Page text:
R and its libraries implement a wide variety of statistical and graphical techniques, including linear and nonlinear modelling, classical statistical tests, time-series analysis, classification, clustering, and others. R is easily extensible through functions and extensions, and the R community is noted for its active contributions in terms of packages. Many of R’s standard functions are written in R itself, which makes it easy for users to follow the algorithmic choices made.

R’s data structures include vectors, matrices, arrays, data frames (similar to tables in a relational database) and lists. The capabilities of R are extended through user-created packages, which allow specialized statistical techniques, graphical devices (ggplot2), import/export capabilities, reporting tools (knitr, Sweave), etc. These packages are developed primarily in R, and sometimes in Java, C, C++ and Fortran. A core set of packages is included with the installation of R, with more than 5,800 additional packages (as of June 2014) available at the Comprehensive R Archive Network (CRAN), Bioconductor, Omegahat, GitHub and other repositories.

The “Task Views” page (subject list) on the CRAN website lists a wide range of tasks (in fields such as Finance, Genetics, High Performance Computing, Machine Learning, Medical Imaging, Social Sciences and Spatial Statistics) to which R has been applied and for which packages are available. R has also been identified by the FDA as suitable for interpreting data from clinical research.

R application:

I installed R 3.2.1 version on my computer. I prepared my list of food table in Excell, so before I start working on my homework it was necessary to import my data in comma separated values (CSV) – R compatible format.

The code samples above assume the data files are located in the R working directory, which can be found with the function getwd. You can select a different working directory with the function setwd(), and thus avoid entering the full path of the data files. Note that the forward slash should be used as the path separator even on Windows platform.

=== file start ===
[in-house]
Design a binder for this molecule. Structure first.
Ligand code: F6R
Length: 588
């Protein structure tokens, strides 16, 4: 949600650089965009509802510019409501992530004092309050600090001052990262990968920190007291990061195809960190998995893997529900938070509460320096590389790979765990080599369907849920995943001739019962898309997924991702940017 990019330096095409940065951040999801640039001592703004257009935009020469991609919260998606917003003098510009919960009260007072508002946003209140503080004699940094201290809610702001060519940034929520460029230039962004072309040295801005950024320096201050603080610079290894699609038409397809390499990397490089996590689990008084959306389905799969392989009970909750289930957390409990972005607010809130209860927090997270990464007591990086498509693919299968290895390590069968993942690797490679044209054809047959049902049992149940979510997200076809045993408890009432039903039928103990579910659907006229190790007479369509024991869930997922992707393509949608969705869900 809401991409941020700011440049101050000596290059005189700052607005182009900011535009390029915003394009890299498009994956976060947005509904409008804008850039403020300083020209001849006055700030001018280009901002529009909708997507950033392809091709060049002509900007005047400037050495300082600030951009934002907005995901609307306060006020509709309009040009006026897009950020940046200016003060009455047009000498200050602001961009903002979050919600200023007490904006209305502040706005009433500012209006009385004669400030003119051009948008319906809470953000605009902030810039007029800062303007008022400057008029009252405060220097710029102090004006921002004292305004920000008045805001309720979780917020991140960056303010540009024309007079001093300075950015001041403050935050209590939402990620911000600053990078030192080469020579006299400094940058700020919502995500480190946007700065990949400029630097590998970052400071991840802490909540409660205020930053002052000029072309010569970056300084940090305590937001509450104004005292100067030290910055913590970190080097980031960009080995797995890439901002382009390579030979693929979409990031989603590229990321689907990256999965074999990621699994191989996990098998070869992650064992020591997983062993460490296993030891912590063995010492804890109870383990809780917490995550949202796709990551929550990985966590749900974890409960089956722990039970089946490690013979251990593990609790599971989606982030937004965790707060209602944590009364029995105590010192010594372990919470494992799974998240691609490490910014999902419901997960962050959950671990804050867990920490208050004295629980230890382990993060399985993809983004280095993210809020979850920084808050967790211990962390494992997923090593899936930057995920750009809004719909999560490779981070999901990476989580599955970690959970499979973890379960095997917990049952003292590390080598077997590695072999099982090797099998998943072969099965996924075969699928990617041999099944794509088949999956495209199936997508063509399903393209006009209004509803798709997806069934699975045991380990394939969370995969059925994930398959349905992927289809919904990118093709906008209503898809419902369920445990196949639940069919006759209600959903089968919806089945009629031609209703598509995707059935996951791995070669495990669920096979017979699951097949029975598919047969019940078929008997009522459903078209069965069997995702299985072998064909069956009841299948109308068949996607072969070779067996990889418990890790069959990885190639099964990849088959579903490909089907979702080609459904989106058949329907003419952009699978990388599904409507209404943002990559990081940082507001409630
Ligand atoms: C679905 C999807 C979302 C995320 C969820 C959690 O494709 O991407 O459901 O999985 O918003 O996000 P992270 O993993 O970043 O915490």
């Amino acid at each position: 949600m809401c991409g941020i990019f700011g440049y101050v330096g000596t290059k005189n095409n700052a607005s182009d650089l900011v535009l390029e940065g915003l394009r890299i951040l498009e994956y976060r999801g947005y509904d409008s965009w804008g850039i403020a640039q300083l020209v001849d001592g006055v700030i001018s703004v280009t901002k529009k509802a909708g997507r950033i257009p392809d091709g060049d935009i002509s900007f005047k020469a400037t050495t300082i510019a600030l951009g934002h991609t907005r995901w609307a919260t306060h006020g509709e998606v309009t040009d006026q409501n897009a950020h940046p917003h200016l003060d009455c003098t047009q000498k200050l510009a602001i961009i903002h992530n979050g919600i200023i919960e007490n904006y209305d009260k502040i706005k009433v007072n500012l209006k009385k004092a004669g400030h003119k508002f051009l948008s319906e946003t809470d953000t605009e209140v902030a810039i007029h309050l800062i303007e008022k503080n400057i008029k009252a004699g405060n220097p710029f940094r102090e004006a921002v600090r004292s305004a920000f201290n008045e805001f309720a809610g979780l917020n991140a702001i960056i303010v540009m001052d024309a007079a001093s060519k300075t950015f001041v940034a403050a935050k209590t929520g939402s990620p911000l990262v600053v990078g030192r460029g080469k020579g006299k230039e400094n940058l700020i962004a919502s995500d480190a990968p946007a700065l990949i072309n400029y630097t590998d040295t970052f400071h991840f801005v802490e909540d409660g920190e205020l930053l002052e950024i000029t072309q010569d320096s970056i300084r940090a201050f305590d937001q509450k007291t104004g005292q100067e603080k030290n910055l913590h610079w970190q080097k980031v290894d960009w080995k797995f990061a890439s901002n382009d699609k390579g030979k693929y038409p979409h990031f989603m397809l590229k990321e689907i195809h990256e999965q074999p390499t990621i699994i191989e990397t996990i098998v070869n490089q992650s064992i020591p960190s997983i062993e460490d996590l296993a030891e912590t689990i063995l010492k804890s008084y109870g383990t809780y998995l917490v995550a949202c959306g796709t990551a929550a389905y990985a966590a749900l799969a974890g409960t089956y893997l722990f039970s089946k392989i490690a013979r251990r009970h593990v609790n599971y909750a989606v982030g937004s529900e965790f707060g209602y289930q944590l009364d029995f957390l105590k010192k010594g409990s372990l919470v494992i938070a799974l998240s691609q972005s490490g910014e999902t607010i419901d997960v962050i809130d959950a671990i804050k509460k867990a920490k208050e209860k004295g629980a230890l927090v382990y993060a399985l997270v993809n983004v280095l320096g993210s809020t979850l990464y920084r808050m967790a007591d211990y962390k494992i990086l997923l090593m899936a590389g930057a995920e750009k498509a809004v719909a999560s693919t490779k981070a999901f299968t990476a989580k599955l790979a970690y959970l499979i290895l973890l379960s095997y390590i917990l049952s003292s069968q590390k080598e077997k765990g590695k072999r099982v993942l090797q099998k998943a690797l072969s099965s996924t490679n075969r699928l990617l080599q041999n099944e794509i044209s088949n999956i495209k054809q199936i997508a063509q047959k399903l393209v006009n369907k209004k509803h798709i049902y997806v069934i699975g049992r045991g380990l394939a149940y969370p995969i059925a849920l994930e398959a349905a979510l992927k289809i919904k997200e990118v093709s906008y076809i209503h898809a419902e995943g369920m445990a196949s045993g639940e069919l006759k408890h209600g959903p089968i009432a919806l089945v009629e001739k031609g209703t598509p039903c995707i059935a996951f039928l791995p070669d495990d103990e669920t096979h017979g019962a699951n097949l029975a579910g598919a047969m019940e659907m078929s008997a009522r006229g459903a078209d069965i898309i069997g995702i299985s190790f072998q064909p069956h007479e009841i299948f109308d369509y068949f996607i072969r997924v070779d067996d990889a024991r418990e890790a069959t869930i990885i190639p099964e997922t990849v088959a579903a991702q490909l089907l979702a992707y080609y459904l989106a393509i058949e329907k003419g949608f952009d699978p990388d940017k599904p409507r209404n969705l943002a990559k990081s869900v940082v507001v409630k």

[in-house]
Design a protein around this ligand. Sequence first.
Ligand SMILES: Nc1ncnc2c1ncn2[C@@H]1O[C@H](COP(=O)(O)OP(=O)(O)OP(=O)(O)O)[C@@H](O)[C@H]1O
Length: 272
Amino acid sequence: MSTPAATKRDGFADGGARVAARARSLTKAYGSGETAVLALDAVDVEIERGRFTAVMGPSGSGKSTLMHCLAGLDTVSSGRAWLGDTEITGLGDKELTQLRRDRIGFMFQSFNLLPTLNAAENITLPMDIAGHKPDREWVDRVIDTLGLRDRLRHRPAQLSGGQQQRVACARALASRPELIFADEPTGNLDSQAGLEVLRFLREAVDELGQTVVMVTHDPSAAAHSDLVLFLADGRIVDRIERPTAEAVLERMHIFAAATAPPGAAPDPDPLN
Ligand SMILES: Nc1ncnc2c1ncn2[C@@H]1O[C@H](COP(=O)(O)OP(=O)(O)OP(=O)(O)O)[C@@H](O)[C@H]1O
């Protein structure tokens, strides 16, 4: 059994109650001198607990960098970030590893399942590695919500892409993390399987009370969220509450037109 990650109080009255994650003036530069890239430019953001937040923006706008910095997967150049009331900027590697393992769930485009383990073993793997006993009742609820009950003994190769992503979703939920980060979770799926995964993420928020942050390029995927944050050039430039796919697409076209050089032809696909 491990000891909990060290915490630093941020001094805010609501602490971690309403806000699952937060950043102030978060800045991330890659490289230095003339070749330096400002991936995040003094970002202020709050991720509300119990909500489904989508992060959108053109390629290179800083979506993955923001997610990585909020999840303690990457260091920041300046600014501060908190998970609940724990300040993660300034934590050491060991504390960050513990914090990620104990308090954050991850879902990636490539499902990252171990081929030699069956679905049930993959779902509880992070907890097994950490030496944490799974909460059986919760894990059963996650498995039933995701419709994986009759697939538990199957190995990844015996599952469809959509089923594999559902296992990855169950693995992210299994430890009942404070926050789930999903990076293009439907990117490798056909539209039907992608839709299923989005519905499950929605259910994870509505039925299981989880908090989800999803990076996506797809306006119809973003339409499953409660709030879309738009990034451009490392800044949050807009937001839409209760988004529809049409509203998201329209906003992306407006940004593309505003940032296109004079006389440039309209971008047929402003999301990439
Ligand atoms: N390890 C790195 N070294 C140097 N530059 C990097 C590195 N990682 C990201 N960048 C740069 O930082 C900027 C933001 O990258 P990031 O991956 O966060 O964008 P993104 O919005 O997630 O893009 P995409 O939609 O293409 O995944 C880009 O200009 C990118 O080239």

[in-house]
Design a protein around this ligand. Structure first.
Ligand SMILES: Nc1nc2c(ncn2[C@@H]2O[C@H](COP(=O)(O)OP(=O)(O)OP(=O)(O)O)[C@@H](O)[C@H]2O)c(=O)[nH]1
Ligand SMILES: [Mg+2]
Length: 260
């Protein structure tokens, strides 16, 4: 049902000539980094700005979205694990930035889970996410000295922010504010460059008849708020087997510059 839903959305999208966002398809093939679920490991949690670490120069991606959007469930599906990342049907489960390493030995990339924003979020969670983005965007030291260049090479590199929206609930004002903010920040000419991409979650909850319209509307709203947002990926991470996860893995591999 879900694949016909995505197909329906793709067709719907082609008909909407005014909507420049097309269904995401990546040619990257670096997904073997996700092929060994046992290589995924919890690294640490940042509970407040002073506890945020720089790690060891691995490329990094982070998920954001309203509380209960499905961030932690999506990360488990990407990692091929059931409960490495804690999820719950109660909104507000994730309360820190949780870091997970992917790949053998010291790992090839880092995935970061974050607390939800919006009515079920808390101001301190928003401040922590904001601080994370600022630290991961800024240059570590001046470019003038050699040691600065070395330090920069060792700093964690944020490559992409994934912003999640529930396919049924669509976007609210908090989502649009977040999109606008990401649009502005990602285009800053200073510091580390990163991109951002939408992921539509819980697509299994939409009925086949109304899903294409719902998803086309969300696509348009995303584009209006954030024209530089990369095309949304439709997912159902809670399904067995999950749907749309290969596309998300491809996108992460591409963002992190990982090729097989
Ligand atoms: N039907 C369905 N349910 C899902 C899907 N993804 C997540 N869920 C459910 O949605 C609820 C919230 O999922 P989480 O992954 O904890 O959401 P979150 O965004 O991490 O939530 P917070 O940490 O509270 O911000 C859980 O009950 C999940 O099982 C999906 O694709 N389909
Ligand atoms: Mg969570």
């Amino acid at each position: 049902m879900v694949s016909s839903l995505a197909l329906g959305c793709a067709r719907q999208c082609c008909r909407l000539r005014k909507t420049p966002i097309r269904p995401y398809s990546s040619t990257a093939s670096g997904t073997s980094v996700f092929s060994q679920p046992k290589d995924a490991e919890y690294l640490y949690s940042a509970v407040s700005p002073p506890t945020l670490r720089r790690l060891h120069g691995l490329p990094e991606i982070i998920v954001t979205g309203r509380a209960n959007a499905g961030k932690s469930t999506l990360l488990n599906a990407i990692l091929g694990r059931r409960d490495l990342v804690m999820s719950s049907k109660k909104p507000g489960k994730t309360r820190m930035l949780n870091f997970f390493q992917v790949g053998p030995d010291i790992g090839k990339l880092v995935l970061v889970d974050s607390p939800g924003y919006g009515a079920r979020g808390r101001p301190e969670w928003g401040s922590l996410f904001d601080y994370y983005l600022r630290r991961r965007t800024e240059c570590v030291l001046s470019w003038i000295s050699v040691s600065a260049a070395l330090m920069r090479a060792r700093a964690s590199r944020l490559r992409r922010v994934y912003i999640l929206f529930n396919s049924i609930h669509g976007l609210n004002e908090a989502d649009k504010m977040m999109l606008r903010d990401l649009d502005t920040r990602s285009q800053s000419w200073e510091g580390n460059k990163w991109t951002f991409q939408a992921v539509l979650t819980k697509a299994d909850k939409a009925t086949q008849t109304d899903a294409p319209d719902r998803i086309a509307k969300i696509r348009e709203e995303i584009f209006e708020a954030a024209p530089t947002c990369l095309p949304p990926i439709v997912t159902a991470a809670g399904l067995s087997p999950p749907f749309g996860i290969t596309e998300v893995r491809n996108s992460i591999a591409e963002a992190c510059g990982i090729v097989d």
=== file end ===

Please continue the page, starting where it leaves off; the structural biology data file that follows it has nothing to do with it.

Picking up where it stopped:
> getwd()

> setwd(“<new path>”)

> setwd(“C:/MyDoc”)

Packages are collections of R functions, data, and compiled code in a well-defined format. The directory where packages are stored is called the library. R comes with a standard set of packages. Others are available for download and installation. Once installed, they have to be loaded into the session to be used.

To add package follow these steps:

Download and install a package (you only need to do this once).

To use the package, invoke the library (package) command to load it into the current session. (You need to do this once in each session, unless you customize your environment to automatically load it each time.)

On MS Windows:

  • Choose Install Packages from the Packages menu.
  • Select a CRAN Mirror. (e.g. Ireland)
  • Select a package. (e.g. gplots)
  • Then use the library (package) function to load it for use. (e.g. library(gplots))

To visualise my data I used this code in R:

data <- read.csv(“microelement food list post.csv”)

data

rnames <- data[,1]

mat_data <- data.matrix(data[,2:11])

rownames(mat_data) <- rnames

my_palette <- colorRampPalette(c(“white”, “black” ))(n = 650)

data_heatmap <- heatmap(mat_data, Colv=NA, Rowv=NA, col = my_palette, scale=”none”, )

heatmap

I saved my file in JPEG format 100% quality:

heatmap2

 

Then I played with different colours and palettes:

my_palette <- colorRampPalette(c(“snow”, “yellow”, “orange”, “brown”, “black” ))(n = 650)

data_heatmap <- heatmap(mat_data, Colv=NA, Rowv=NA, col = my_palette, scale=”none”, )

heatmap3

Heatmap in red was created with color brewer palette. Results visualised differently from previous, as only this palette uses only 9 colours and data position in the table was interchanged automatically.

heatmap(mat_data,Colv=NA,col=brewer.pal(9,”Reds” ))heatmap4

Why vegetarian pizza lost points comparing to meat alternatives?

Generally speaking, superfoods refer to foods — especially fruits and vegetables — whose nutrient content confers a health benefit above that of other foods. Let’s see does fruits and vegetables has more nutritional benefits than meat, fish or spices?

As we can see from the table vegetables has much lower nutritional value then meat or grains.

From this table we can see real “Superfood” that are wheat germ, curry spice and wheat bran. However different food has a different microelements density: for example from the meat in comparison table lamb is much higher in zinc.

The time for this project is limited. By adjusting data, comparing like with like (raw with raw, oils and fats, etc) we can find a superfood in each category.

 

Resources:

http://www.healthaliciousness.com/nutritionfacts/category-list.php

http://www.efsa.europa.eu/en/publications.htm?entity=nda&p=20

http://www.eufic.org/article/en/artid/The-science-behind-superfoods/

http://www.eufic.org/article/en/nutrition/vitamins-minerals-phytonutrients/expid/miniguide-minerals/

http://ec.europa.eu/food/safety/labelling_nutrition/supplements/index_en.htm

file:///C:/Users/a/Downloads/GN%2021%20Revision%202%202014%20FINAL.pdf

http://www.ncbi.nlm.nih.gov/pmc/articles/PMC3785176/

http://www.healthaliciousness.com/articles/food-sources-of-potassium.php

https://www.nceas.ucsb.edu/~frazier/RSpatialGuides/colorPaletteCheatsheet.pdf

https://cran.r-project.org/web/packages/

http://www.statmethods.net/interface/packages.html